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How's Life? 2013
Measuring Well-being
OECD Publishing , Date de parution:  18 nov 2013
Pages: 212 , Langue: Anglais
Version: Livre (Broché) + PDF
ISBN: 9789264200746 , Code OCDE: 302013071P1
Prix:   €35 | $49 | £31 | ¥4500 | MXN630 , Frais de livraison inclus
Disponibilité: Disponible (impression à la demande)
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Autres langues:  Coréen (Disponible) Français (Bientôt disponible)
Autres versions:  Livre électronique - Format PDF
Résumés multilingues:  Français, Japonais, Anglais, Portugais, Russe, Espagnol, Allemand

Titres connexes

Périodicité: Biennal   Tableaux: 10  Graphiques: 106 


Every person aspires to a good life. But what does “a good or a better life” mean? The second edition of How’s Life? provides an update on  the most important aspects that shape people’s lives and well-being: income, jobs, housing, health, work-life balance, education, social connections, civic engagement and governance, environment, personal security and subjective well-being. It paints a comprehensive picture of well-being in OECD countries and other major economies, by looking at people’s material living conditions and quality of life across the population. Through a wide range of comparable well-being indicators, the report shows that countries perform differently in the various dimensions of well-being. For instance, low-income countries in the OECD area tend to do very well in subjective well-being and work-life balance, while their level of material well-being is much lower than that of other OECD countries. The report responds to the needs of citizens for better information on well-being and the needs of policy makers to give a more accurate picture of societal progress.

In addition, the report contains in-depth studies of four key cross-cutting issues in well-being that are particularly relevant. First, this report analyses how well-being has changed during the global economic and financial crisis. Even though some effects of the crisis may become visible only in the long-term, the report finds that the Great Recession has large implications for both economic and non-economic well-being of households. Secondly, the report  looks at gender differences in well-being, showing that the traditional gender gap in favour of men has reduced but has not disappeared. It also finds that women and men do well in different areas of well-being and that they are increasingly sharing tasks and roles. Third, it looks at the quality of employment and well-being in the workplace. The report presents evidence on the main factors that drive people’s commitment at work and are key to strengthening  their capacity to cope with demanding jobs. Finally, the last chapter of the report studies the links between current and future well-being. It looks at ways to define and measure sustainability of wellbeing over time.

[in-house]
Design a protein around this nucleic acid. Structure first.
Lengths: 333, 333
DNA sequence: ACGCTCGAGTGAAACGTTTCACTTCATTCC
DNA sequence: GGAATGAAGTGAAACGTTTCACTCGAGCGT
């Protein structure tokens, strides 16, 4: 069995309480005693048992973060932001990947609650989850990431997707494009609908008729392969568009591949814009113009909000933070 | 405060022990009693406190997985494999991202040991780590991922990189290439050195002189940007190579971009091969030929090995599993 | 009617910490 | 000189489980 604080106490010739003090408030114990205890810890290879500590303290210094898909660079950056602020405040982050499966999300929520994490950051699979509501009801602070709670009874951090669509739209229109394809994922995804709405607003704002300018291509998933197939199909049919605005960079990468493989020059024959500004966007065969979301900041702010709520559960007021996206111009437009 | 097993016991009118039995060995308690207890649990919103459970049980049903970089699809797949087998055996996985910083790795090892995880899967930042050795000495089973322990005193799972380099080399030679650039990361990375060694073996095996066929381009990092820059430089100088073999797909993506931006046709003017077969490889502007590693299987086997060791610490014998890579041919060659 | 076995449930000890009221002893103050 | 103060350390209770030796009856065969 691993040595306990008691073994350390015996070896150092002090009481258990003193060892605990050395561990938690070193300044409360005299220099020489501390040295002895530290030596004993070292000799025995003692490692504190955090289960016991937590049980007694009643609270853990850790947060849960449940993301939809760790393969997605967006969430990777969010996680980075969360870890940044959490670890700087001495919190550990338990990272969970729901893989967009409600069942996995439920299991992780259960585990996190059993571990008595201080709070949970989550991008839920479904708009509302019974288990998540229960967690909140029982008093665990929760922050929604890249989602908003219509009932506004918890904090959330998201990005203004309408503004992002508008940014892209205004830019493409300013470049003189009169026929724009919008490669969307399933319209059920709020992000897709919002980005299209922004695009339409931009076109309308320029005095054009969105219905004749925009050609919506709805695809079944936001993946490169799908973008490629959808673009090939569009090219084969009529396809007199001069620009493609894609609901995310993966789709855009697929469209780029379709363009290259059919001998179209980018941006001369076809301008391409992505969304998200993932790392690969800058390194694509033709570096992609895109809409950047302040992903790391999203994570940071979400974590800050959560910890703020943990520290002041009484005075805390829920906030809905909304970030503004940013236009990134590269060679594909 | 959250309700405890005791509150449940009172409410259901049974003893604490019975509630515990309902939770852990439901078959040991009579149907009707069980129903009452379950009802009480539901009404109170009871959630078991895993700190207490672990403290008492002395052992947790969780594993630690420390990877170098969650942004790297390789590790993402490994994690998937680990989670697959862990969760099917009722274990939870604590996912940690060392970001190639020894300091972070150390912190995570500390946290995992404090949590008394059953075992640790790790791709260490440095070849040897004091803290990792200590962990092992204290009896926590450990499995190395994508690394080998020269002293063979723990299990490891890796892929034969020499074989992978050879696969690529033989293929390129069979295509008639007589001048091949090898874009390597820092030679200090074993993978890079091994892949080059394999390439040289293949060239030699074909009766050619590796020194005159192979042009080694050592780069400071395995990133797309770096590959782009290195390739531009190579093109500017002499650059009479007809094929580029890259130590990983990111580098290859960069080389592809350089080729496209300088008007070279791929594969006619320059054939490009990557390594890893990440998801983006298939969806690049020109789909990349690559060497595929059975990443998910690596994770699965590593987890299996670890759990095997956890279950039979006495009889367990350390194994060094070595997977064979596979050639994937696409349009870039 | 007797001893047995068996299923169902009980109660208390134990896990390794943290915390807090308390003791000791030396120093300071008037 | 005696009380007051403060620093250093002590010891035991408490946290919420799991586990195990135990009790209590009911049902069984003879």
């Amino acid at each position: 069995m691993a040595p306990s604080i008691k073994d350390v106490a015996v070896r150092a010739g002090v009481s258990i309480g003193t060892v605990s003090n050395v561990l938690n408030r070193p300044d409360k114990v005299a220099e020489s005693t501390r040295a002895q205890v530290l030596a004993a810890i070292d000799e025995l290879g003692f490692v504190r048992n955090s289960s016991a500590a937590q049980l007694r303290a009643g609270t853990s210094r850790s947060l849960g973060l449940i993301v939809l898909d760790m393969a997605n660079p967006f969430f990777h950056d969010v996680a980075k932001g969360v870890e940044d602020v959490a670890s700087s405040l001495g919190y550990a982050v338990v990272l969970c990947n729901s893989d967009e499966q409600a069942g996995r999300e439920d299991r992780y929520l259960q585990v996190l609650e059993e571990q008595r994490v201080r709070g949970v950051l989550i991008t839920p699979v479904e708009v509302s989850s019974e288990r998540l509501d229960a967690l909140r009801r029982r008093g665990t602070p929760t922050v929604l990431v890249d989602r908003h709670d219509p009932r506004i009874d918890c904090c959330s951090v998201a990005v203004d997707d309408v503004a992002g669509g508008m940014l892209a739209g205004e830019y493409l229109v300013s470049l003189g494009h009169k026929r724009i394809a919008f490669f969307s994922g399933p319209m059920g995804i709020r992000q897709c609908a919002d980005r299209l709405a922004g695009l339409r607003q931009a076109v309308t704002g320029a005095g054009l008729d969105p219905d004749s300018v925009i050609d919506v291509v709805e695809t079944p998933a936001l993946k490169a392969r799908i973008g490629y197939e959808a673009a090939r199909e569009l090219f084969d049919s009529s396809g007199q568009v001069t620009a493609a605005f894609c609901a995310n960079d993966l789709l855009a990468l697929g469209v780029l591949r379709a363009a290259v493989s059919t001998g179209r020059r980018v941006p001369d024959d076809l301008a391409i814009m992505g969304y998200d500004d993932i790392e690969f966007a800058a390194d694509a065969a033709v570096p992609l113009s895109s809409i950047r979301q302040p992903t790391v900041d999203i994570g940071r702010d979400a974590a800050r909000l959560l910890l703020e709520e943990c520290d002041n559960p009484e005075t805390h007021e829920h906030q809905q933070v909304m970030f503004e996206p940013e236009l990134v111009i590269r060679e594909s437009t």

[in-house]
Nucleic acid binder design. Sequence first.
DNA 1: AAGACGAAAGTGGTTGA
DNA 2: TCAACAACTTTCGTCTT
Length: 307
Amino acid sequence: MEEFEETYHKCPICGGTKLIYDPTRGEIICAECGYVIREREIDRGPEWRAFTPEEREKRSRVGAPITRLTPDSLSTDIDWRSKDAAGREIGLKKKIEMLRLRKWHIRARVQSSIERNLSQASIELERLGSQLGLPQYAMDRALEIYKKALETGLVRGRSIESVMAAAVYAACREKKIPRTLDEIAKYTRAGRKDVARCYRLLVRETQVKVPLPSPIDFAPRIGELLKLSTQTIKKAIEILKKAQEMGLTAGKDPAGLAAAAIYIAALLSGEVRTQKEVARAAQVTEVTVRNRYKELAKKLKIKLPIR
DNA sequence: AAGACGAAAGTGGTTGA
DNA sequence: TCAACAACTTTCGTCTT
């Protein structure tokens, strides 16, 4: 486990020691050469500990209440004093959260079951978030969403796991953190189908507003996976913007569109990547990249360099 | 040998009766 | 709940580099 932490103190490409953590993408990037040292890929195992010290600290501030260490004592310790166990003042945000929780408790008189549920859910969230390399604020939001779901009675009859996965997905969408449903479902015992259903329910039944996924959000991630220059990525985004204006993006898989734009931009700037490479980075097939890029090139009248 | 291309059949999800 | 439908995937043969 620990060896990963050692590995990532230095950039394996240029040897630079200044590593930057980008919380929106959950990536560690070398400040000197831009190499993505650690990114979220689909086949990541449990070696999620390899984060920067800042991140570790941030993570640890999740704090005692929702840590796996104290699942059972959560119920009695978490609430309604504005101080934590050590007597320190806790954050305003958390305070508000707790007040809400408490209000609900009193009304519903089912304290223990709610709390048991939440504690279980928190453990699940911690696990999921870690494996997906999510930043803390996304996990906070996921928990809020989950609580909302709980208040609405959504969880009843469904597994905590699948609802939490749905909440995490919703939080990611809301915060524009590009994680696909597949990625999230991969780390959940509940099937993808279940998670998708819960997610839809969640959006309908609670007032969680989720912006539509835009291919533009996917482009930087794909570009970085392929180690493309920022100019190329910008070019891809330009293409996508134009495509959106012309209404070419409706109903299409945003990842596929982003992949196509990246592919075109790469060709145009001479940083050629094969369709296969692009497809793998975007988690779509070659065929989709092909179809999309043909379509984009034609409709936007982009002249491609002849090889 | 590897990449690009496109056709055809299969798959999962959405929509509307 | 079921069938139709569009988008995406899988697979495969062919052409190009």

How’s Life? is part of the OECD Better Life Initiative, launched by the Organization on the occasion of its 50th Anniversary in 2011. The OECD Better Life Initiative aims to promote “Better Policies for Better Lives”, in line with the OECD’s overarching mission. One of the other pillars of the OECD Better Life Initiative is the Better Life Index (, an interactive composite index of well-being that aims at involving citizens in the debate on societal progress.

Tables des matières:

Editorial: Focusing on people 11
Reader’s guide  14
Executive summary  15
Chapter 1. The OECD Better Life Initiative: Concepts and indicators 17
-The OECD Better Life Initiative and beyond 18
=A framework for measuring well-being 21
-Selecting indicators 24
-Assessing well-being through a dashboard of indicators 24
-The How’s Life? statistical agenda: Progress since 2011 26
-Conclusions  30
-References 31
-Annex 1.A1. Assessing countries’ relative strengths and weaknesses in overall well-being performance 33
Chapter 2. How’s Life? at a glance 37
-Income and wealth 38
-Jobs and earnings 41
-Housing conditions 44
-Health status 47
-Work-life balance 50
-Education and skills 52
-Social connections 56
-Civic engagement and governance 57
-Environment quality 60
-Personal security 63
-Subjective well-being  66
-Conclusions 69
-References 69
Chapter 3. Well-being and the global financial crisis 71
-Introduction 72
-Income and wealth 72
-Jobs and earnings 80
-Health status 86
-Subjective well-being 88
-Civic engagement 90
-Social connections 92
-Statistical agenda ahead 94
-Conclusions 95
-References 96
-Annex 3.A1. Supporting country evidence 99
Chapter 4. Gender differences in well-being: Can women and men have it all? 103
-Gender inequality and well-being 104
-Measuring gender differences in well-being 106
-Women and men throughout their lifetime 106
-Women and men in paid and unpaid work 113
-Women and men in society 123
-Statistical agenda ahead 132
-Conclusions 133
-References 136
-Annex 4.A1. Determinants of time poverty 142
-Annex 4.A2. Determinants of intimate partner violence 144
Chapter 5. Well-being in the workplace: Measuring job quality 147
-Introduction 148
-Measuring employment quality148
-Jobs and earnings in fast-changing labour markets 152
-BeyondWork-life balance: Measuring quality of life at work 164
-Statistical agenda ahead 168
-Conclusions 169
-References 169
-Annex 5.A1. Interactions between job demands and job resources 172
Chapter 6. Measuring the sustainability of well-being over time 175
-Introduction 176
-Sustaining well-being over time: The capital approach 177
-Economic capital and well-being 179
-Natural capital and well-being  181
-Human capital and well-being 184
-Social capital and well-being 187
-Additional considerations in measuring capital stocks 190
-Proposed measures for sustaining well-being in the context of How’s Life? 196
-Statistical agenda ahead 199
-Conclusions  201
-References 202
Glossary 207

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